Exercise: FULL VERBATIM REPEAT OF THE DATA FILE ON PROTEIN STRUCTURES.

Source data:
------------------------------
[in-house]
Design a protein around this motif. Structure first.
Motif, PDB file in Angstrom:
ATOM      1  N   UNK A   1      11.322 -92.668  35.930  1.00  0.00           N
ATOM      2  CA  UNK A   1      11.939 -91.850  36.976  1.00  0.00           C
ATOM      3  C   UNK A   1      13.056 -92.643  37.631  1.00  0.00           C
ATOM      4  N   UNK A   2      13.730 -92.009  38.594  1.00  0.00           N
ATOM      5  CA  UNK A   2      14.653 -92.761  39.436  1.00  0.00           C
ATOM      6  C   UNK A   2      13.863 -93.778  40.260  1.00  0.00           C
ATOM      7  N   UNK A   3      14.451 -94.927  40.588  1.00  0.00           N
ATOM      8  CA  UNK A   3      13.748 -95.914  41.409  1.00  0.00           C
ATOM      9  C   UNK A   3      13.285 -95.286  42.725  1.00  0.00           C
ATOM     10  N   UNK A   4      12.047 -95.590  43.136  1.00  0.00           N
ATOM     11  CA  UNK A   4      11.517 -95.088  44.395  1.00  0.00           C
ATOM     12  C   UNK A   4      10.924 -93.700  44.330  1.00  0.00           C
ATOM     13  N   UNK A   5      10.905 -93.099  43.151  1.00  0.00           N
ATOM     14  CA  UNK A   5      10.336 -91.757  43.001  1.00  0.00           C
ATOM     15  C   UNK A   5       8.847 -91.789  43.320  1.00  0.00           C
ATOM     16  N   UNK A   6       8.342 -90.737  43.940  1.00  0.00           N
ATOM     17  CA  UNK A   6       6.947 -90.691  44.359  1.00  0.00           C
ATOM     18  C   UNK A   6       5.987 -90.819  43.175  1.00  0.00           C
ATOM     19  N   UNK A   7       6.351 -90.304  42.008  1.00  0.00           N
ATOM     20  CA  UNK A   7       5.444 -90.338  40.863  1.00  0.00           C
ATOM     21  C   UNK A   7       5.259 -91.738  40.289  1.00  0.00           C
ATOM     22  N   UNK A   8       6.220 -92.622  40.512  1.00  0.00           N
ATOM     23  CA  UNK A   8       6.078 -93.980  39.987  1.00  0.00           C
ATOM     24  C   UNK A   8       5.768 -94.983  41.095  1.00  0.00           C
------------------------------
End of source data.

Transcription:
[in-house]
Design a protein around this motif. Structure first.
Motif, PDB file in Angstrom:
ATOM      1  N   UNK A   1      11.322 -92.668  35.930  1.00  0.00           N
ATOM      2  CA  UNK A   1      11.939 -91.850  36.976  1.00  0.00           C
ATOM      3  C   UNK A   1      13.056 -92.643  37.631  1.00  0.00           C
ATOM      4  N   UNK A   2      13.730 -92.009  38.594  1.00  0.00           N
ATOM      5  CA  UNK A   2      14.653 -92.761  39.436  1.00  0.00           C
ATOM      6  C   UNK A   2      13.863 -93.778  40.260  1.00  0.00           C
ATOM      7  N   UNK A   3      14.451 -94.927  40.588  1.00  0.00           N
ATOM      8  CA  UNK A   3      13.748 -95.914  41.409  1.00  0.00           C
ATOM      9  C   UNK A   3      13.285 -95.286  42.725  1.00  0.00           C
ATOM     10  N   UNK A   4      12.047 -95.590  43.136  1.00  0.00           N
ATOM     11  CA  UNK A   4      11.517 -95.088  44.395  1.00  0.00           C
ATOM     12  C   UNK A   4      10.924 -93.700  44.330  1.00  0.00           C
ATOM     13  N   UNK A   5      10.905 -93.099  43.151  1.00  0.00           N
ATOM     14  CA  UNK A   5      10.336 -91.757  43.001  1.00  0.00           C
ATOM     15  C   UNK A   5       8.847 -91.789  43.320  1.00  0.00           C
ATOM     16  N   UNK A   6       8.342 -90.737  43.940  1.00  0.00           N
ATOM     17  CA  UNK A   6       6.947 -90.691  44.359  1.00  0.00           C
ATOM     18  C   UNK A   6       5.987 -90.819  43.175  1.00  0.00           C
ATOM     19  N   UNK A   7       6.351 -90.304  42.008  1.00  0.00           N
ATOM     20  CA  UNK A   7       5.444 -90.338  40.863  1.00  0.00           C
ATOM     21  C   UNK A   7       5.259 -91.738  40.289  1.00  0.00           C
ATOM     22  N   UNK A   8       6.220 -92.622  40.512  1.00  0.00           N
ATOM     23  CA  UNK A   8       6.078 -93.980  39.987  1.00  0.00           C
ATOM     24  C   UNK A   8       5.768 -94.983  41.095  1.00  0.00           C